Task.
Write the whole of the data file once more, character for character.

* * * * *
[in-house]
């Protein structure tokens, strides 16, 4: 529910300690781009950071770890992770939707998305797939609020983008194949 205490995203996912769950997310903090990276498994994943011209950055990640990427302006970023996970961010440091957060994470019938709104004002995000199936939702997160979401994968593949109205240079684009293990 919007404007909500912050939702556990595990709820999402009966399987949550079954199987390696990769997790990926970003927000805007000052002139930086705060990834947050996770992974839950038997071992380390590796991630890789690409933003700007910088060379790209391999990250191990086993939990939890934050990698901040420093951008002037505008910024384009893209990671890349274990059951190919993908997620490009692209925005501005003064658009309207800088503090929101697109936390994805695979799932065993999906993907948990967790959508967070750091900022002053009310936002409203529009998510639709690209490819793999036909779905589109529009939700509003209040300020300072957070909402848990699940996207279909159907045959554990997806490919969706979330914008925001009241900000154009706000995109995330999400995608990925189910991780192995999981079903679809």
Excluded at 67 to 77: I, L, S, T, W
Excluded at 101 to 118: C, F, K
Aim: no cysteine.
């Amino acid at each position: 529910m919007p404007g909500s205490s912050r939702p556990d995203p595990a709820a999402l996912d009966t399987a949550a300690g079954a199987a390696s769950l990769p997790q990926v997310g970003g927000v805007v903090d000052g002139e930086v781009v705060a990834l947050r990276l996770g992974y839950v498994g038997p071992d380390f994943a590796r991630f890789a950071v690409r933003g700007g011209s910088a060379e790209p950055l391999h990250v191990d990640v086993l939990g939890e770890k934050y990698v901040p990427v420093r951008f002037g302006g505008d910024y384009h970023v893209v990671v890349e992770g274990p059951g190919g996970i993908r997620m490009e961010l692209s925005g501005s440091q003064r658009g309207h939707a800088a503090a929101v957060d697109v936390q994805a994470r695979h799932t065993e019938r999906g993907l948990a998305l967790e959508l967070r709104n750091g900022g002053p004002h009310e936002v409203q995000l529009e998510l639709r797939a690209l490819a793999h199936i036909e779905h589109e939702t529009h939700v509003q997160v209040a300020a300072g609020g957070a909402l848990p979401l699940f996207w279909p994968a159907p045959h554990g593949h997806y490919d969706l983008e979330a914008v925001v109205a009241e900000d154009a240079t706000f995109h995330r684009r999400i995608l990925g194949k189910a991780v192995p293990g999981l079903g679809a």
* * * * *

[in-house]
């Protein structure tokens, strides 16, 4: 529910300690781009950071770890992770939707998305797939609020983008194949 205490995203996912769950997310903090990276498994994943011209950055990640990427302006970023996970961010440091957060994470019938709104004002995000199936939702997160979401994968593949109205240079684009293990 919007404007909500912050939702556990595990709820999402009966399987949550079954199987390696990769997790990926970003927000805007000052002139930086705060990834947050996770992974839950038997071992380390590796991630890789690409933003700007910088060379790209391999990250191990086993939990939890934050990698901040420093951008002037505008910024384009893209990671890349274990059951190919993908997620490009692209925005501005003064658009309207800088503090929101697109936390994805695979799932065993999906993907948990967790959508967070750091900022002053009310936002409203529009998510639709690209490819793999036909779905589109529009939700509003209040300020300072957070909402848990699940996207279909159907045959554990997806490919969706979330914008925001009241900000154009706000995109995330999400995608990925189910991780192995999981079903679809």
Excluded at 67 to 77: I, L, S, T, W
Excluded at 101 to 118: C, F, K
Aim: no cysteine.
């Amino acid at each position: 529910m919007p404007g909500s205490s912050r939702p556990d995203p595990a709820a999402l996912d009966t399987a949550a300690g079954a199987a390696s769950l990769p997790q990926v997310g970003g927000v805007v903090d000052g002139e930086v781009v705060a990834l947050r990276l996770g992974y839950v498994g038997p071992d380390f994943a590796r991630f890789a950071v690409r933003g700007g011209s910088a060379e790209p950055l391999h990250v191990d990640v086993l939990g939890e770890k934050y990698v901040p990427v420093r951008f002037g302006g505008d910024y384009h970023v893209v990671v890349e992770g274990p059951g190919g996970i993908r997620m490009e961010l692209s925005g501005s440091q003064r658009g309207h939707a800088a503090a929101v957060d697109v936390q994805a994470r695979h799932t065993e019938r999906g993907l948990a998305l967790e959508l967070r709104n750091g900022g002053p004002h009310e936002v409203q995000l529009e998510l639709r797939a690209l490819a793999h199936i036909e779905h589109e939702t529009h939700v509003q997160v209040a300020a300072g609020g957070a909402l848990p979401l699940f996207w279909p994968a159907p045959h554990g593949h997806y490919d969706l983008e979330a914008v925001v109205a009241e900000d154009a240079t706000f995109h995330r684009r999400i995608l990925g194949k189910a991780v192995p293990g999981l079903g679809a």